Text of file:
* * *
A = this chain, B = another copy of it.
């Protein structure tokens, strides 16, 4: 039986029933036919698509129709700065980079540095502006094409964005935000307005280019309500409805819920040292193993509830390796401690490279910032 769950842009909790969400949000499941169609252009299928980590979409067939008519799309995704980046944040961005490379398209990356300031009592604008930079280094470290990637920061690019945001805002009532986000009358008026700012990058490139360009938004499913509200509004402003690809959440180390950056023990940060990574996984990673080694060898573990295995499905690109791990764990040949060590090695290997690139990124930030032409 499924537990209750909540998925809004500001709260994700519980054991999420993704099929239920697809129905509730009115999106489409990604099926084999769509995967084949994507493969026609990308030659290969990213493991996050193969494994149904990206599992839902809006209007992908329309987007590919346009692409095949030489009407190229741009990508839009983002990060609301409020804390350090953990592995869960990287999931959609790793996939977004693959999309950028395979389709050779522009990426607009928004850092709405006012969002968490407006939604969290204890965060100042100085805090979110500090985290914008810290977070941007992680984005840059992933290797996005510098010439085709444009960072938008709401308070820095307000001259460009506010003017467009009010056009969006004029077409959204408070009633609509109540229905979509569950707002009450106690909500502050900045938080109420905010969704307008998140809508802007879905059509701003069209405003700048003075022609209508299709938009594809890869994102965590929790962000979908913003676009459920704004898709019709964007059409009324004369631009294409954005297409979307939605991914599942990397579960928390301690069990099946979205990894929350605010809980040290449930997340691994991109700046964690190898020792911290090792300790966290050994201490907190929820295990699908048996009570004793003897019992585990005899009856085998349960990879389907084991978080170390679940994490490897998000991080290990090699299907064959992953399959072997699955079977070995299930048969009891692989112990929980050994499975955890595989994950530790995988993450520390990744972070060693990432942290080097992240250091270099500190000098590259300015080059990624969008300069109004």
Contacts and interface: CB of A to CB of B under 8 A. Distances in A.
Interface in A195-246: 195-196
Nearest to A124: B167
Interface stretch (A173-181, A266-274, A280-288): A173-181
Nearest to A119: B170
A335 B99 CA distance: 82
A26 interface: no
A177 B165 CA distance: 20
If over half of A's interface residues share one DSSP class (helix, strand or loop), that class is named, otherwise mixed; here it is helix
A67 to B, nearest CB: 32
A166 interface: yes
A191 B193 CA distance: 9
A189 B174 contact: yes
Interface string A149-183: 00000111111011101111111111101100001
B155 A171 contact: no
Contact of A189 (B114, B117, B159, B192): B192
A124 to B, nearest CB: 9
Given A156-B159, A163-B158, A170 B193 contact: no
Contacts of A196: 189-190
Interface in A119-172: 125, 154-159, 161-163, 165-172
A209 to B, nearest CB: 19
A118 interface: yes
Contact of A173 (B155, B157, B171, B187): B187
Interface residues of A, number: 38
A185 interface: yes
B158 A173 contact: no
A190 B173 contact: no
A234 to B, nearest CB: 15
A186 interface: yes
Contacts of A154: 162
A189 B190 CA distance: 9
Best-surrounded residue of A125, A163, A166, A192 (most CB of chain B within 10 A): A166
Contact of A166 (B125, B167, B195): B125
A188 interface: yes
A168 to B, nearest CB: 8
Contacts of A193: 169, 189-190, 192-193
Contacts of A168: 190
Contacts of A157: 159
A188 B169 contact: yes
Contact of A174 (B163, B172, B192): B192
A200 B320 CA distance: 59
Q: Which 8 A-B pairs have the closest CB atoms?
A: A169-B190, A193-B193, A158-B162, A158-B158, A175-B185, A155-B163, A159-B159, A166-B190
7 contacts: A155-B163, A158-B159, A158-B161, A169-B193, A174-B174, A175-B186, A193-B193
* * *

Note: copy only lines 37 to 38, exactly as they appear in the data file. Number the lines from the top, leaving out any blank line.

A168 to B, nearest CB: 8
Contacts of A193: 169, 189-190, 192-193